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Africa's Counterfeit Goods Face Lax Legislation


A seminar was held last week in Senegal on stamping out counterfeit goods trafficked throughout Africa. These include a growing trade in tampered medical drugs and pirated music and movies. Officials and activists say better laws are needed to protect manufacturers and the general population.

Officials at the seminar said governments in developing countries used to think counterfeit goods were a problem for rich countries.

But now they say they realize with dangerous drugs being sold in street markets, the problems actually affect poor people even more. The problem can kill them.

Africans are also realizing counterfeiting can sap economic development.

Struggling musicians who depend on local markets are popular, but can barely scrape by a living when most of their music is sold outside legal channels.

These were some of the examples highlighted at a conference this week in Dakar.

Christophe Zimmerman who is in charge of the fight against counterfeiting and piracy at the Brussels-based World Customs Organization says African governments need to understand the severity of the problem.

"If we come to Africa and Africa is one of our main control priorities, but it is just for political awareness, first of all," said Zimmerman. "Second of all, [it is] to try to analyze, to understand what is happening there."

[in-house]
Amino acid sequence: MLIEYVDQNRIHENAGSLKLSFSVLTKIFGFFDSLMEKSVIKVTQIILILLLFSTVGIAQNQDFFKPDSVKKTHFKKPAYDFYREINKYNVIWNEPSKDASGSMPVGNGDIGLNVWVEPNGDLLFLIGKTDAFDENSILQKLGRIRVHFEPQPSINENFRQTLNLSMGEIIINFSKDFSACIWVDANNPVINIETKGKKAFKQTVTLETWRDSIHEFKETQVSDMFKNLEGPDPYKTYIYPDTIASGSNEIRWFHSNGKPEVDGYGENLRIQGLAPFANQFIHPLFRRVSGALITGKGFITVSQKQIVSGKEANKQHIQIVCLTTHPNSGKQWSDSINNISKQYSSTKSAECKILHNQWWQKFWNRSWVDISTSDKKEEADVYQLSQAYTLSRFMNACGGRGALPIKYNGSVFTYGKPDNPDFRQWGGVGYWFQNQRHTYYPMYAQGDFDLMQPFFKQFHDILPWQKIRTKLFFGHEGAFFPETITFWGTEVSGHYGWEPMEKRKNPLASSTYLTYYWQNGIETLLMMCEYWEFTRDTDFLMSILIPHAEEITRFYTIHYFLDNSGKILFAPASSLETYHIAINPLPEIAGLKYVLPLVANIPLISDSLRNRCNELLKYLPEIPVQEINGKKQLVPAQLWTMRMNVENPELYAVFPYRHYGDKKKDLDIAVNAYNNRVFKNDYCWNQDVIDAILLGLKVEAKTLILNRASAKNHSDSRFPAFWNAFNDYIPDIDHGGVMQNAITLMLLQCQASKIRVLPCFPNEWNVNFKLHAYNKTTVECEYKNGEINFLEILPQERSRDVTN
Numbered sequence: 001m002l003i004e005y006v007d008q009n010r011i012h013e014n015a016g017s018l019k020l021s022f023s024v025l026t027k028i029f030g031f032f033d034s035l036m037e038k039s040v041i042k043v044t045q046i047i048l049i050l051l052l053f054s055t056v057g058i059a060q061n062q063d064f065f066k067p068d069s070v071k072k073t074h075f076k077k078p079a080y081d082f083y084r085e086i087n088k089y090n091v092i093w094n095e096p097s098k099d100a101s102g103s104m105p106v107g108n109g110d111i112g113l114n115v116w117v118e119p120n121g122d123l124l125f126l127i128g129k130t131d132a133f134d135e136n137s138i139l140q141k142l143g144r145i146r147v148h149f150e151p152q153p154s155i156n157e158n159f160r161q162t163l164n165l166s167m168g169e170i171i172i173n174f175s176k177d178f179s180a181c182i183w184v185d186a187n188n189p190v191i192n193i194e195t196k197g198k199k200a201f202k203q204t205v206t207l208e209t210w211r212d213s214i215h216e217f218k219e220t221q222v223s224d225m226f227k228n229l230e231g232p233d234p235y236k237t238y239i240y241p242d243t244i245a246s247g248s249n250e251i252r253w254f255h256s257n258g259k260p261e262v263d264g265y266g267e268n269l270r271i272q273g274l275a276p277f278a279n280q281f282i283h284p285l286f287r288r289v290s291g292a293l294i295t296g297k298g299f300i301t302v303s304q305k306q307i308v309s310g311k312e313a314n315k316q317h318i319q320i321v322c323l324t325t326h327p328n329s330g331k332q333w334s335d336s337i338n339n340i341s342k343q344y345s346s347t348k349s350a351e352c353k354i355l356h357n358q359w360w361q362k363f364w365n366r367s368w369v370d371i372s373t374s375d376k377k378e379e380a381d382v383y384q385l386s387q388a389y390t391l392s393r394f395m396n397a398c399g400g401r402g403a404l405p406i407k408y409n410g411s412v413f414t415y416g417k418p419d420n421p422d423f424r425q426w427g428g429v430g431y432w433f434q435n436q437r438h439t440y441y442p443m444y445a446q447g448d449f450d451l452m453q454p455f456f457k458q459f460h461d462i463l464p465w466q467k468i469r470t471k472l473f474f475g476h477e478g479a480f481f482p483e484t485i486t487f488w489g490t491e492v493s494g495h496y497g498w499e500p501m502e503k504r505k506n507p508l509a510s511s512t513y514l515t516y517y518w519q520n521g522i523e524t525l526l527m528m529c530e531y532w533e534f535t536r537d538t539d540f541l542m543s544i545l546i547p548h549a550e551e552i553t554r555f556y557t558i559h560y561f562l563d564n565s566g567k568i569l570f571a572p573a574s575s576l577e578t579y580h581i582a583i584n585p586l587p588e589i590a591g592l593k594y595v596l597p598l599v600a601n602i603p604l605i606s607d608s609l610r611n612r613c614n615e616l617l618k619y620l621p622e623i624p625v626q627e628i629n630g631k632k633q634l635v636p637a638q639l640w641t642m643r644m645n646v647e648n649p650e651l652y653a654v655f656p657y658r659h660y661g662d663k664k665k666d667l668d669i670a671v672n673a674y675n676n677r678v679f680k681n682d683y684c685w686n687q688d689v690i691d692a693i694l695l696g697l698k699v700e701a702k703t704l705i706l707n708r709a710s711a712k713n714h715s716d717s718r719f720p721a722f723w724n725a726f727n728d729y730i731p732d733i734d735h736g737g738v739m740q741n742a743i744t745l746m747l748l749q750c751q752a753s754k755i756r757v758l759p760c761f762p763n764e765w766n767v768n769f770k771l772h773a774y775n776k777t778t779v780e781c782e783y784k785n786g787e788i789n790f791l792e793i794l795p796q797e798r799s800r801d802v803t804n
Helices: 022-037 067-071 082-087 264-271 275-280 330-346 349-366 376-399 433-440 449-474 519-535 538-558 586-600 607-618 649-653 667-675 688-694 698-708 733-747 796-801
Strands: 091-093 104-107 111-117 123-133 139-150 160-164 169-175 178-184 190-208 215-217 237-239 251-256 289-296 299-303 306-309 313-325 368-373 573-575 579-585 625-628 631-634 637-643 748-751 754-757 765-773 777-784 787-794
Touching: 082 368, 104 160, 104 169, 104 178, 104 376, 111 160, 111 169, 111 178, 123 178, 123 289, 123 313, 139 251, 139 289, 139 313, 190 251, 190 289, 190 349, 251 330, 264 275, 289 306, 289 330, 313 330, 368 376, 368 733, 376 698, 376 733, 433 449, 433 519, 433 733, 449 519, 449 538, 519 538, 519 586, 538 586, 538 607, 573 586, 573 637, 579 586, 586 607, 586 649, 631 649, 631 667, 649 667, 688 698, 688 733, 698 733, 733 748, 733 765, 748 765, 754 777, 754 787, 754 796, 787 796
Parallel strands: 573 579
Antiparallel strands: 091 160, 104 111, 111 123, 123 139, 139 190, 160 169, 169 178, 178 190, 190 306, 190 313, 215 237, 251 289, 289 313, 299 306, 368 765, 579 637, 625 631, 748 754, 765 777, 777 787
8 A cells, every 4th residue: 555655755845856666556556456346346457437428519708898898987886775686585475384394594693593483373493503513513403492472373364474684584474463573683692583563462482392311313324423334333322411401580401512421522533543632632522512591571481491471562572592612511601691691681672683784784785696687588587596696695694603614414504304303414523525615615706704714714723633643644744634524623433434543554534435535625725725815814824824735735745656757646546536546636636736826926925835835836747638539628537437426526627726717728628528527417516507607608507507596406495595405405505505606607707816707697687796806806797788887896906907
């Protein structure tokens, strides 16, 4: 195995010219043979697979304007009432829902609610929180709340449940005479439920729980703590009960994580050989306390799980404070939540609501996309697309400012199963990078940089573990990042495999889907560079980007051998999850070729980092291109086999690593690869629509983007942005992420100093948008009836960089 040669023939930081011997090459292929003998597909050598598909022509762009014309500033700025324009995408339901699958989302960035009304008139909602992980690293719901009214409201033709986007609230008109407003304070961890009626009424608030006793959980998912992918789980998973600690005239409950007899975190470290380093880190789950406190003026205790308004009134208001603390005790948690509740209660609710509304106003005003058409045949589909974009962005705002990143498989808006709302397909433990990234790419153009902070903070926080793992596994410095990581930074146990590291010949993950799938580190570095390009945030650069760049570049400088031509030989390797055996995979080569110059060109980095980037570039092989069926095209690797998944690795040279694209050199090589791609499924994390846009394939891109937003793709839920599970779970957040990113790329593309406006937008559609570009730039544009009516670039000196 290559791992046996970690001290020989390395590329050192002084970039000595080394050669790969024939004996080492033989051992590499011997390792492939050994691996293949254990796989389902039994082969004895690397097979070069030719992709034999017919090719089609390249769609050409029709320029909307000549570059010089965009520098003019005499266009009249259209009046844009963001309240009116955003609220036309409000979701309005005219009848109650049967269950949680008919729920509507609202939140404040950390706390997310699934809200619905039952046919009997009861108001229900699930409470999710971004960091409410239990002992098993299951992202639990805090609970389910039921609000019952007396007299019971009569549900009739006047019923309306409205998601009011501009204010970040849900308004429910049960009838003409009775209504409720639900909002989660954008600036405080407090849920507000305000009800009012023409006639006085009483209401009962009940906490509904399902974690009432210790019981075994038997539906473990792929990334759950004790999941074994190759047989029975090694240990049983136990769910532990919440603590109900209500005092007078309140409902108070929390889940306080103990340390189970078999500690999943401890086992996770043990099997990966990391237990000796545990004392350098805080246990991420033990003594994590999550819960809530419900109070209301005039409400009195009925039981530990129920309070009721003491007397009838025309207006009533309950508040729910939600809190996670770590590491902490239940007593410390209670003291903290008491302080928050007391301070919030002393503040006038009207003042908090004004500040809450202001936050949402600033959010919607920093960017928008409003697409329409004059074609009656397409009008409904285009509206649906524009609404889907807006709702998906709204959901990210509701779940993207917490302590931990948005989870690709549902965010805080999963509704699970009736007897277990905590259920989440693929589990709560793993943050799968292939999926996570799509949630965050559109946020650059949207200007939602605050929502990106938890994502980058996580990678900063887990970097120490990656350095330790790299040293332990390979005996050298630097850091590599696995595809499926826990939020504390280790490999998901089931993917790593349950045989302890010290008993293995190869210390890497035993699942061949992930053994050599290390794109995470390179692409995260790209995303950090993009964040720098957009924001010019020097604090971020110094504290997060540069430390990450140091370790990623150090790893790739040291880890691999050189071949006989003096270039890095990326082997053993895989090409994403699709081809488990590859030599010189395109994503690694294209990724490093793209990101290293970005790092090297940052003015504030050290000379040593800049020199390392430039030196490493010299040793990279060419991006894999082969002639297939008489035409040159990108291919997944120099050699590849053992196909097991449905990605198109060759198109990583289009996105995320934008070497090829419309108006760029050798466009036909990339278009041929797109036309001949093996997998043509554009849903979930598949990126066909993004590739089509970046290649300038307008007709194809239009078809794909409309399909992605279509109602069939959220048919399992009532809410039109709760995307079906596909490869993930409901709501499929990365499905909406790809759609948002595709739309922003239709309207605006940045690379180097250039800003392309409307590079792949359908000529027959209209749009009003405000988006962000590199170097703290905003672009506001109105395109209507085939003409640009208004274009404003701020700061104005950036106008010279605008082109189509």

"When you go to the market, the open market, a lot of things are fake," continued Zimmerman. "We know that. Africa needs to have a regulation, a specific legislation about that and it is not the case."

The head of customs in Senegal Armand Naga says training of anti-counterfeit experts is also crucial.

He says experts need to differentiate between a real product and a fake one. He says they look very much alike and that often the fake one looks nicer than the real one. And he says stamping out the trade in counterfeit goods is probably easier at borders than anywhere else in Africa.

But Zimmerman says counterfeit businessmen are often way ahead of the law, whether at borders or inside countries, and that their regard for public safety is alarmingly non-existent.

"I saw a very strange thing [once]. I saw brakes made out of grass. And I promise you, you were not able to see that it was fake," he added. "But it was just grass. Can you imagine when you put brakes made in grass in your car?"

During the seminar, officials from Senegal's government announced that they would soon submit a law to establish an anti-counterfeiting brigade and increase regional cooperation.

Outspoken Senegalese rap artist Didier Awadi says he has heard it all before.

He says authorities are making no real effort. He says laws are too lenient if anyone is caught, and that the way they are written, only the petty criminals are caught, while the real bosses of the counterfeit underworld, he says, pay off bribes to continue in their ways.

What am I to do, he asks, if I see a young man selling a pirated tape of my music at a red light in traffic? Should I stop my car and beat him up? He says, if he takes the law into his own hands, he will be the one facing government persecution. If he tries to use the existing laws, he says, he will get only frustration.

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